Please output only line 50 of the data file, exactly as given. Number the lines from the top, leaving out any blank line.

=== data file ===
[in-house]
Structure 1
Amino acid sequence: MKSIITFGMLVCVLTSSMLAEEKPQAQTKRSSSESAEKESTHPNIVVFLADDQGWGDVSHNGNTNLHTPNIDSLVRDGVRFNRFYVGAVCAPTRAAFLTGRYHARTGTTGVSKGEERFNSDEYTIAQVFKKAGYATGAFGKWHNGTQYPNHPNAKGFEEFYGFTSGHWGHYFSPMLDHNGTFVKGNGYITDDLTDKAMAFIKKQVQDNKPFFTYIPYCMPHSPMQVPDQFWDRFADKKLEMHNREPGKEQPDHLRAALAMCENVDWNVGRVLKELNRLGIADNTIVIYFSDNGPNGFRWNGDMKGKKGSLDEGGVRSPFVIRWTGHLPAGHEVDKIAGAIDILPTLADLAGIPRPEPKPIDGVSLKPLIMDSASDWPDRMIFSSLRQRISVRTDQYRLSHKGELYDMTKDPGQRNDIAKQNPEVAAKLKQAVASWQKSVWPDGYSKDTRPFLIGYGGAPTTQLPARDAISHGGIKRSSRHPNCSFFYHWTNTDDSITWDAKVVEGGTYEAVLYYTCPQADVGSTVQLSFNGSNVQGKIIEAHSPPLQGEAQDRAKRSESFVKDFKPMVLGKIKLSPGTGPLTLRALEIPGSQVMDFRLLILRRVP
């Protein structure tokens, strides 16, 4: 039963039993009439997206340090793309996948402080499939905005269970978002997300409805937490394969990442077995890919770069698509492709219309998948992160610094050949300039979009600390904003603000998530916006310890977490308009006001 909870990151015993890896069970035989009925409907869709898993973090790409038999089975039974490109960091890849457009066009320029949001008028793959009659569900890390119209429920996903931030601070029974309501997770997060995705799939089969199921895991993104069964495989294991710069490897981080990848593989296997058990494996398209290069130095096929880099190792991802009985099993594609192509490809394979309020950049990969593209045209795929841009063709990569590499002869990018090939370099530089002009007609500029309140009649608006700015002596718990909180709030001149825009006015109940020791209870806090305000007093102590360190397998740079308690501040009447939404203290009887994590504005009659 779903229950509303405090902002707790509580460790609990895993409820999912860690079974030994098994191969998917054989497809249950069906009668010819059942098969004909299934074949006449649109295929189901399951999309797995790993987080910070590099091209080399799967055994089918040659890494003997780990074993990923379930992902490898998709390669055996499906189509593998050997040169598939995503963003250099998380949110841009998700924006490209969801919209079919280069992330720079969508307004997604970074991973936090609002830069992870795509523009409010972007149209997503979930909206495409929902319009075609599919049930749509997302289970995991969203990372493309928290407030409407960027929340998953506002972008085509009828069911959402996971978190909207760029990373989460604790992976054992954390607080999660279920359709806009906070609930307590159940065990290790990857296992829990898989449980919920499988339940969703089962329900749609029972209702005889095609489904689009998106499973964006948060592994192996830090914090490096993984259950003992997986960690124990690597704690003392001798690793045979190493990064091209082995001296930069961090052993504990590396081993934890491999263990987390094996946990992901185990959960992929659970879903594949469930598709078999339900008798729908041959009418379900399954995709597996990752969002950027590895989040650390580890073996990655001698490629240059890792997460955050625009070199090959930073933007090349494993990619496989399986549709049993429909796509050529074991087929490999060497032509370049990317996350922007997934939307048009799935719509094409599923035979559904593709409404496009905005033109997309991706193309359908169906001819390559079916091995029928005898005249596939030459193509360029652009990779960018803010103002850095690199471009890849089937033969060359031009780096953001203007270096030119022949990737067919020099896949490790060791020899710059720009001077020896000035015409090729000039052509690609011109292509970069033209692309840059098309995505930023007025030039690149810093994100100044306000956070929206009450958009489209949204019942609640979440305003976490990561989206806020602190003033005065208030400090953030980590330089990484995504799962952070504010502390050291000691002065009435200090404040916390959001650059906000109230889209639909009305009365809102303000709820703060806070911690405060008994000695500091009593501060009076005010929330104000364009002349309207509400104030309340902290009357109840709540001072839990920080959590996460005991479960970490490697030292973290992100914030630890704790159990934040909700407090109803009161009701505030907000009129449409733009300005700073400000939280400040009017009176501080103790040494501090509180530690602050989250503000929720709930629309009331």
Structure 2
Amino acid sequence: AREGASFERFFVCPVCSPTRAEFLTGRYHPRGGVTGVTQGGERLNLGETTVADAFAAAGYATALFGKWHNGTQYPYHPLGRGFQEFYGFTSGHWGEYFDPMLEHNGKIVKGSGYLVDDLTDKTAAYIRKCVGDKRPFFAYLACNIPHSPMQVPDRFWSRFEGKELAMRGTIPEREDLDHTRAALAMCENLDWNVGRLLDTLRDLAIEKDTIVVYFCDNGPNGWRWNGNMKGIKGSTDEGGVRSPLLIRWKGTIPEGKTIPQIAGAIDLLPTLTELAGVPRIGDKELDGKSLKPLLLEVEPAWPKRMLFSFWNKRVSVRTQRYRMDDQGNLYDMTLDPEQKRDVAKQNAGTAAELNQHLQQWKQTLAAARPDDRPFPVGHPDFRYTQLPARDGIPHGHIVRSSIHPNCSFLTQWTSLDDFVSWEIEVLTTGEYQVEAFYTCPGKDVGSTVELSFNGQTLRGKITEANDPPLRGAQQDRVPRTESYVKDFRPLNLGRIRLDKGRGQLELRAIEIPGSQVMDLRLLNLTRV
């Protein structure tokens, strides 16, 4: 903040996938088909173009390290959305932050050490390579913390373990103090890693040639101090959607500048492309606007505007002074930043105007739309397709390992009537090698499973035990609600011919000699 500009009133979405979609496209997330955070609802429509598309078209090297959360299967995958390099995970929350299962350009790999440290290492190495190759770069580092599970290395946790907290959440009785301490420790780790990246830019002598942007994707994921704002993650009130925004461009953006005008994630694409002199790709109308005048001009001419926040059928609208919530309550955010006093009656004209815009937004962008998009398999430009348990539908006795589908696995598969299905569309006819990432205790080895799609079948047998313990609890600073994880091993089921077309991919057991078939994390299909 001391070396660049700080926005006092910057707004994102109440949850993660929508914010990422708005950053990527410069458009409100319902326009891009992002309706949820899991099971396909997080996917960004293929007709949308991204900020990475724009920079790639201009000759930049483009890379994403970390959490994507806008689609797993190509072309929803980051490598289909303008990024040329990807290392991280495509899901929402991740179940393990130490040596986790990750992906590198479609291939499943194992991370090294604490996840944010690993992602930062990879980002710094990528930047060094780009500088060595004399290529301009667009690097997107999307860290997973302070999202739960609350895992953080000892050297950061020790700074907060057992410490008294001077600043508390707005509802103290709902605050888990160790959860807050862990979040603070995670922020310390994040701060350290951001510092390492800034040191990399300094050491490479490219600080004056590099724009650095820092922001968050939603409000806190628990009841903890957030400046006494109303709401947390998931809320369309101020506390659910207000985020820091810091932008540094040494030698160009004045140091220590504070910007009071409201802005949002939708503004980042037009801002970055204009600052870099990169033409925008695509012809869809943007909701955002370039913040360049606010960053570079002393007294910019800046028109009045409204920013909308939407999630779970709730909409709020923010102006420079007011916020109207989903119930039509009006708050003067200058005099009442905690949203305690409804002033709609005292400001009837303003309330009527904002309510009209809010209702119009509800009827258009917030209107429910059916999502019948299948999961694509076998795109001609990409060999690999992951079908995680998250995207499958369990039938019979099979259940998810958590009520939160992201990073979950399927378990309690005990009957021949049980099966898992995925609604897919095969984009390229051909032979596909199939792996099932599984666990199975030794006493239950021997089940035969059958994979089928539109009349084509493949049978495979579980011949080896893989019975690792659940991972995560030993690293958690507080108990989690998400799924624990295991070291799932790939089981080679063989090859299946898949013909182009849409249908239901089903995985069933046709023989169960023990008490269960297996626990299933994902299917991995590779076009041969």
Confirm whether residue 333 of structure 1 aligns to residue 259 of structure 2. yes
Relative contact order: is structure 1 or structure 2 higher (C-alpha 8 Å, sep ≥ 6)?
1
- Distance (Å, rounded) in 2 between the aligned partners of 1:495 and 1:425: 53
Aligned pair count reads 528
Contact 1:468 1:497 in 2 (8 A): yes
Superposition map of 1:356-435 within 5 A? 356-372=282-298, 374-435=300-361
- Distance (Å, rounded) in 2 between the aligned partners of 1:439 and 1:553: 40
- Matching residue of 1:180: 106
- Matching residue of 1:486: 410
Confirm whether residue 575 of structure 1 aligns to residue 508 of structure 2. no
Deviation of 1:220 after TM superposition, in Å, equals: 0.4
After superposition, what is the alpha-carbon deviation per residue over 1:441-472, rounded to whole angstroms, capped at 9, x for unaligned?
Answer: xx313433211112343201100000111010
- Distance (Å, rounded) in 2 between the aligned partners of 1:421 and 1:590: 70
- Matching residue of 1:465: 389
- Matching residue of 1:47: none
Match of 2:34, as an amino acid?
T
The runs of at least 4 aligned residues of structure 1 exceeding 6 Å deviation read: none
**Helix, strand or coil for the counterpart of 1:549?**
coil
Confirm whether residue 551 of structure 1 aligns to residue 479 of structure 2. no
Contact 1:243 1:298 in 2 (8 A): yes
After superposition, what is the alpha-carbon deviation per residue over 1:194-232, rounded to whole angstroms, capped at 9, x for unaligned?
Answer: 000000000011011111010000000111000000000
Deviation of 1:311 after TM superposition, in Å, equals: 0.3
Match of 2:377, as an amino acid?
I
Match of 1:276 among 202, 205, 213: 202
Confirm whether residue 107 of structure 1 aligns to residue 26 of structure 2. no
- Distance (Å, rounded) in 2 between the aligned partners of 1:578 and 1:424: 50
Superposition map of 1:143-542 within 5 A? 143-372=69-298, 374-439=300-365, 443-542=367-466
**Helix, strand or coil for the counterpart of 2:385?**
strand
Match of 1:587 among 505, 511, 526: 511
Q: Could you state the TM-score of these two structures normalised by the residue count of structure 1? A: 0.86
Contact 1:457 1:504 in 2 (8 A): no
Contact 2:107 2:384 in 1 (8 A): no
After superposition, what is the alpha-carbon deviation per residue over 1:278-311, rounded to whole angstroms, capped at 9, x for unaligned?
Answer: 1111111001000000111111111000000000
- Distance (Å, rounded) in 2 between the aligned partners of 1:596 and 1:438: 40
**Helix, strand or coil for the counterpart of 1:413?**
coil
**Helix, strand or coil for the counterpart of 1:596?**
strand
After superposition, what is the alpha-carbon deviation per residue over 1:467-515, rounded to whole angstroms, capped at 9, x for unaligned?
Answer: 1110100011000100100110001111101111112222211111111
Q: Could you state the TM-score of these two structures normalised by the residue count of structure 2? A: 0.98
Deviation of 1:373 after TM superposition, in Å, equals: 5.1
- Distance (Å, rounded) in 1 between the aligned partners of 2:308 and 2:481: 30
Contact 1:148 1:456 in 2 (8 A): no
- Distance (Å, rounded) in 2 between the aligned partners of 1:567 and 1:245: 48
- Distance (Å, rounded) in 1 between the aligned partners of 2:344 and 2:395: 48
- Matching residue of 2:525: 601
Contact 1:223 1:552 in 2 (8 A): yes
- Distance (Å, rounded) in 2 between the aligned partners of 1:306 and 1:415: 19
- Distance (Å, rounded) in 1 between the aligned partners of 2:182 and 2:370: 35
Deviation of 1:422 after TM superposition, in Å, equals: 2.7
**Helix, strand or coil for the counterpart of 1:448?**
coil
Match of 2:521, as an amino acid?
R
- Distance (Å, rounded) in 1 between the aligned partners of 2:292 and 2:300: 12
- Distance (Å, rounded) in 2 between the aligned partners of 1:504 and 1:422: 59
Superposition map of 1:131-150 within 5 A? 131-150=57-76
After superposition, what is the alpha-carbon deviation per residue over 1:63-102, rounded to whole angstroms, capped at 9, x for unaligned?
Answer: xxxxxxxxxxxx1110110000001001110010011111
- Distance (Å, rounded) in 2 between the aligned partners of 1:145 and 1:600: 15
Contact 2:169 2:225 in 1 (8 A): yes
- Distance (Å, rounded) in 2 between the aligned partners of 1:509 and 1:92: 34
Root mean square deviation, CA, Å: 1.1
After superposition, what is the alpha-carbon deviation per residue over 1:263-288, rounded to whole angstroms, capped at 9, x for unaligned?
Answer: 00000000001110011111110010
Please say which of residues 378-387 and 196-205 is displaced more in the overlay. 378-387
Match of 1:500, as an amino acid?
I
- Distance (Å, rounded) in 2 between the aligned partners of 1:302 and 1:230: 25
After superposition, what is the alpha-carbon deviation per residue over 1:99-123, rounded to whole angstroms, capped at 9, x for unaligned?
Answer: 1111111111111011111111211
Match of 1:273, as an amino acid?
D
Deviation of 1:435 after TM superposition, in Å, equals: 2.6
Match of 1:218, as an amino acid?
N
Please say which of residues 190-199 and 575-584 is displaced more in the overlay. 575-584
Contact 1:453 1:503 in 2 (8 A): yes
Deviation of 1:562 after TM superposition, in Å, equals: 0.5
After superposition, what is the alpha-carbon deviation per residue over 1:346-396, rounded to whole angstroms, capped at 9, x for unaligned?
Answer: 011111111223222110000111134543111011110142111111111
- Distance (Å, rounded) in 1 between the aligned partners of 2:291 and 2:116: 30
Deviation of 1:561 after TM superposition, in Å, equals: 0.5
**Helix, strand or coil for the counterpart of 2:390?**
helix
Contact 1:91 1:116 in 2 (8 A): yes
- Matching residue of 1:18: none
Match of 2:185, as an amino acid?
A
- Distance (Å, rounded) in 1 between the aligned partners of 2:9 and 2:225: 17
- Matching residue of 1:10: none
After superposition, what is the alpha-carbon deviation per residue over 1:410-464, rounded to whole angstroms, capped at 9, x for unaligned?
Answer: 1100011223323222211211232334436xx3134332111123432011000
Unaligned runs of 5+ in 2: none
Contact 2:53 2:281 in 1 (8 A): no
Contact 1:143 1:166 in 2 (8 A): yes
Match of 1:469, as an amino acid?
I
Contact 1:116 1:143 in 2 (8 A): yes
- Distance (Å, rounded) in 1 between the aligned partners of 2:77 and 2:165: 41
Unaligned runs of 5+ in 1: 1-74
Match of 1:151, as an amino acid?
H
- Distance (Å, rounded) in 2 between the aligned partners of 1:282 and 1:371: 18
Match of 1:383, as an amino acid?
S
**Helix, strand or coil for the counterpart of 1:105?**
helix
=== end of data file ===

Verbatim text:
**Helix, strand or coil for the counterpart of 1:413?**